Sandro's dream to have his own cheese dairy
Sandro Didebashvili is one of seven students from the Swiss Agricultural School Caucasus in Georgia who visited Switzerland for two weeks, learning about animal husbandry, fodder and cheesemaking. The Swiss Agency for Development and Cooperation (SDC) supports Georgia in agricultural education and training.
What feed is ideal for sheep and what is the best way to milk them? The class visits a barn near Chur. © SDC
It is one of the last mild summer days in September 2022. The maize in the fields surrounding the Plantahof agricultural school in Landquart, Graubünden, is as high as an elephant's eye. Inside Plantahof, the students are enjoying lunch together in the cafeteria. The cook has served up pasta, strips of meat in a creamy sauce, and broccoli.
Something catches the ear. At a table in the middle of the room, the students are chitchatting away in Georgian, not in the Graubünden dialect spoken in these parts. These seven students are from the Swiss Agricultural School Caucasus. They have come from Georgia to Switzerland for two weeks to learn about Swiss agricultural technology and acquire some savoir-faire at Plantahof and during internships on farms and at cheese dairies.
One of them is Sandro Didebashvili, who comes from the Georgian capital Tbilisi. "I like working in the countryside. It's not as taxing there as in the city," he says in fluent German. He spent a few years in Germany a while back, but now he sees great potential in agriculture in his home country. He speaks of his dream to open his own cheese dairy there one day.
Sandro Didebashvili's training at Plantahof is part of a larger Swiss vocational training campaign in Georgia. Switzerland has been supporting the South Caucasus in its economic and democratic development for over thirty years. Developing the value chain in rural areas is a top priority here. Many farmers in Georgia still practise subsidiarity farming, i.e. their farm output is primarily intended for their own consumption.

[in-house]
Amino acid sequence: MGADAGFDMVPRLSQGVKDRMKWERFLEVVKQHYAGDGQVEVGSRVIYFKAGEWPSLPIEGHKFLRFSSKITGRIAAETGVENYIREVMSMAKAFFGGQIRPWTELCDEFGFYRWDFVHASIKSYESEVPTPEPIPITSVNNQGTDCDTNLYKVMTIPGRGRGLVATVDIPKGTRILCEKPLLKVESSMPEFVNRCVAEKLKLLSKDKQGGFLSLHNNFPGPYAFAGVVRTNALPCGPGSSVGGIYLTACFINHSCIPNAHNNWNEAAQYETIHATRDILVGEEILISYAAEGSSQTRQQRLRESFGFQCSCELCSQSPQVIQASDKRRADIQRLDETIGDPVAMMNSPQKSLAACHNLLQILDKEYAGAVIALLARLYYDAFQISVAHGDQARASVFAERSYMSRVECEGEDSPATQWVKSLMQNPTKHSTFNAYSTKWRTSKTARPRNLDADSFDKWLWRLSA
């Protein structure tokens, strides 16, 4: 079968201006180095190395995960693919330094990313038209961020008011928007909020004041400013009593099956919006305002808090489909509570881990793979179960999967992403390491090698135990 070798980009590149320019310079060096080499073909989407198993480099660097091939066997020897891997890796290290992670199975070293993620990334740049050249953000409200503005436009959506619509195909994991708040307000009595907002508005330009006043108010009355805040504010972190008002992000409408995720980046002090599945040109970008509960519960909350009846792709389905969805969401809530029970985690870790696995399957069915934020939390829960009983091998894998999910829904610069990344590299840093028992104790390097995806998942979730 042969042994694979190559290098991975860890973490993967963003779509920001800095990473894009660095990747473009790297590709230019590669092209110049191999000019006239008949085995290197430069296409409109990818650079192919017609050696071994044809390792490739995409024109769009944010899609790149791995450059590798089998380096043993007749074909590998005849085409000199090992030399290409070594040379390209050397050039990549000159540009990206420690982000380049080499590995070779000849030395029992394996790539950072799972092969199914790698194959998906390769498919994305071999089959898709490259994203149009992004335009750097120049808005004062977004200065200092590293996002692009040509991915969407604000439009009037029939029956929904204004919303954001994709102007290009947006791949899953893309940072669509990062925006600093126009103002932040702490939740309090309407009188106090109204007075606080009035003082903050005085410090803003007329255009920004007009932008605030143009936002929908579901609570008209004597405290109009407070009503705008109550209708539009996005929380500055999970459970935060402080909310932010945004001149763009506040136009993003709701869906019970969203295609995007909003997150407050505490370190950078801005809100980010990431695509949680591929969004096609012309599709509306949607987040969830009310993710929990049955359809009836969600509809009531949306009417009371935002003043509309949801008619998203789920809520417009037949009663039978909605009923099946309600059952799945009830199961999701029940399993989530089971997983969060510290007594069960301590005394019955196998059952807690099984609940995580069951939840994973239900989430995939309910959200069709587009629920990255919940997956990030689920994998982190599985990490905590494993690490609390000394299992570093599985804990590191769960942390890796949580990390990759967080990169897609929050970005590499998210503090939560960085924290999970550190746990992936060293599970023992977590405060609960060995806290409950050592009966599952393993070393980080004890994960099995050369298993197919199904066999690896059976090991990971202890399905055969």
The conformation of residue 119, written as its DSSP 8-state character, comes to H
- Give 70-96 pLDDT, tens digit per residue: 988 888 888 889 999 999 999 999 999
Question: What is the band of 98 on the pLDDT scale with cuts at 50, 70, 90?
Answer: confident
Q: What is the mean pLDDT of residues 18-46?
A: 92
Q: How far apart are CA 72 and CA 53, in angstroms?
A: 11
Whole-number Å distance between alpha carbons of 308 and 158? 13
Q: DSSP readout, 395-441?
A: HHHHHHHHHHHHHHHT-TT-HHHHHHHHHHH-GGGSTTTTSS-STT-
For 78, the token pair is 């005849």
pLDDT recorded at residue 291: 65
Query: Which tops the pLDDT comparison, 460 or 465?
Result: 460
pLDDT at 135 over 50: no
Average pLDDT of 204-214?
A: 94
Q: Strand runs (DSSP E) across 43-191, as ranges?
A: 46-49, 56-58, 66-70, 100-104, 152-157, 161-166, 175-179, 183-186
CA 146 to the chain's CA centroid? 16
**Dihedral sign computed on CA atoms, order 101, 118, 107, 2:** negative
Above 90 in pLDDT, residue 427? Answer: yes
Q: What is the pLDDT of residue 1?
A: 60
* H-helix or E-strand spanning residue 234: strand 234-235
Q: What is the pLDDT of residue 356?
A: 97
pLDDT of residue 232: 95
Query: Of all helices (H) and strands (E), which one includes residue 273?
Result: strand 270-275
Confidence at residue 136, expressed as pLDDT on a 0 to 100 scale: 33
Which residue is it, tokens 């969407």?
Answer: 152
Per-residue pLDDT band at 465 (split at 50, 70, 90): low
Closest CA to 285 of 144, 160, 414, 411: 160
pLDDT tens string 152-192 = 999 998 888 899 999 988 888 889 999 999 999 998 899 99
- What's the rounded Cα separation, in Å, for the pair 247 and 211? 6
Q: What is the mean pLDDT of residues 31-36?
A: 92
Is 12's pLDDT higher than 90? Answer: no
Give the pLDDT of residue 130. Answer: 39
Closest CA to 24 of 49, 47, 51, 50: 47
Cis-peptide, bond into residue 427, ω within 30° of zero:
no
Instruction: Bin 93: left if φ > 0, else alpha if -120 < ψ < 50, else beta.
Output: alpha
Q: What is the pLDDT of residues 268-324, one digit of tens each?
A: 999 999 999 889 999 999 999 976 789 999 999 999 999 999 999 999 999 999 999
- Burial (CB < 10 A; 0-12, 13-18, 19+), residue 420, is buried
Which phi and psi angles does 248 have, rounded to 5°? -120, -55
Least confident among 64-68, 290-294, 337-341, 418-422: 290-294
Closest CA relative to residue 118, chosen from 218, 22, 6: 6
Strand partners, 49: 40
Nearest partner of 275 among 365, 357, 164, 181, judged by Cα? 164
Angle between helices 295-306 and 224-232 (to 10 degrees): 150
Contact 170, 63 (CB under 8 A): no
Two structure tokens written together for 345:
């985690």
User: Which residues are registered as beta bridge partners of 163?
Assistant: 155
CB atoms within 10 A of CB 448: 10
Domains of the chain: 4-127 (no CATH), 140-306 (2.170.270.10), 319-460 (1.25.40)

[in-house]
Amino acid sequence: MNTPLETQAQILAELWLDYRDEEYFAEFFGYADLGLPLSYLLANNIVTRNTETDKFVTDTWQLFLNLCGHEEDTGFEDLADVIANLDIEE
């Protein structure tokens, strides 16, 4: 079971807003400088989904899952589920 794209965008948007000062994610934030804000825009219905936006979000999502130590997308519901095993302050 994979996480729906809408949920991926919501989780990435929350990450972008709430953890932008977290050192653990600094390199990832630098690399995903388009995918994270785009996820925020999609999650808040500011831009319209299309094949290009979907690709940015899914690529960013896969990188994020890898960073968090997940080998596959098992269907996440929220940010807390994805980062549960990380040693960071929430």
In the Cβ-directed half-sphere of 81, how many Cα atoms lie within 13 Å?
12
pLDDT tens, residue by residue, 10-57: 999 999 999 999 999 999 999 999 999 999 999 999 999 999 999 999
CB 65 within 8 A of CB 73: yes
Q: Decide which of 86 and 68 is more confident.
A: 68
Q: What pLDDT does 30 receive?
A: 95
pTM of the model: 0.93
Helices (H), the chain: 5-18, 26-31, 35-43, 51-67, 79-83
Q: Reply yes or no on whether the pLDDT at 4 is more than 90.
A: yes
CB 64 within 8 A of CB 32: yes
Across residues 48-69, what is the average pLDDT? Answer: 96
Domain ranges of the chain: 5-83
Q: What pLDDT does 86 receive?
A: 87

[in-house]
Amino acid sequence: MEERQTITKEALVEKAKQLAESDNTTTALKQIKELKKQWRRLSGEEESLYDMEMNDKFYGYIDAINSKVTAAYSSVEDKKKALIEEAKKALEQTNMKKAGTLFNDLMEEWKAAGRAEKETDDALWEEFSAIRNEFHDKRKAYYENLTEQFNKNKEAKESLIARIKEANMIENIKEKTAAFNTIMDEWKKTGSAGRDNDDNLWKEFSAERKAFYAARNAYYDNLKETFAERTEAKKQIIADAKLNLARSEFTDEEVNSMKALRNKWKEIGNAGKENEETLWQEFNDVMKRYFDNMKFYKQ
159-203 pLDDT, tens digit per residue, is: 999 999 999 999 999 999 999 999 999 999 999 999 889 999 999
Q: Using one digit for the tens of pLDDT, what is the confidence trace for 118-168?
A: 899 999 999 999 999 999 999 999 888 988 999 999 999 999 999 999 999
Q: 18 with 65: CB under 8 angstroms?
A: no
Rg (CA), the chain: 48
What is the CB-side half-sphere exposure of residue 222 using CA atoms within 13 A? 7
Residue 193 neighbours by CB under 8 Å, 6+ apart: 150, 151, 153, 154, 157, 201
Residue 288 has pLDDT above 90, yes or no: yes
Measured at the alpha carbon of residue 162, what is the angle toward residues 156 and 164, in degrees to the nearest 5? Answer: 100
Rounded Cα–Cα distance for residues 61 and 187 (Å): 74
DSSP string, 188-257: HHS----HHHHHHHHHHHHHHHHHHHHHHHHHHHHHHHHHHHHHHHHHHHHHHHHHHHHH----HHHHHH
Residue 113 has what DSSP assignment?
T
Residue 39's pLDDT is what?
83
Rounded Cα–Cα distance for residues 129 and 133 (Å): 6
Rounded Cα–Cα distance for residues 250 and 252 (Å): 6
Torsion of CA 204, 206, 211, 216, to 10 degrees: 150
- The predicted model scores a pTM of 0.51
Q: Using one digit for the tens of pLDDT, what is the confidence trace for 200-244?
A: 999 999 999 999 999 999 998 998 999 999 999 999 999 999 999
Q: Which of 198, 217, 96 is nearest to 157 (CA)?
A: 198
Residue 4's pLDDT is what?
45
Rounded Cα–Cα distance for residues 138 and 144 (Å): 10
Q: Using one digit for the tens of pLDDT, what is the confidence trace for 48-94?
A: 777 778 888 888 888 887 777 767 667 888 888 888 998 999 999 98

"Improving agricultural production methods and training in the agricultural sector are essential for combating poverty in Georgia," says Danielle Meuwly, who heads the Swiss cooperation office in Tbilisi. In Georgia, up to 40% of the population works in agriculture, but the agricultural sector makes up only 8% of the country's economic output.
"Switzerland has a lot of expertise and a vocational training system well adapted to agriculture in mountainous areas," says Meuwly. Meuwly explains that the SDC's goal is to spread this knowledge to Georgia to create opportunities and jobs there.
She specifies that the SDC's agricultural projects primarily target the rural population in the sometimes isolated mountainous regions, adding that the agency takes care to design projects gender-inclusively and to involve men and women equally. "In Georgia, there are many women who own a few cows and sell some milk or make cheese," Meuwly says. The fact that they benefit from Swiss cooperation is also shown in the evaluation of Switzerland's engagement to date: in the South Caucasus (Armenia, Azerbaijan and Georgia), Swiss cooperation projects created 1,150 jobs for women between 2017 and 2021.
Back to the canton of Graubünden: After lunch Sandro and his classmates get moving again, heading to Chur now. The afternoon holds in store for them a visit to the Waldhaus, a Plantahof training farm, where the class will learn more about sheep and goat breeding. They are scheduled to observe the animals being milked later on. And in the evening, the Georgians will be treated to a fondue dinner on Alp Parpan.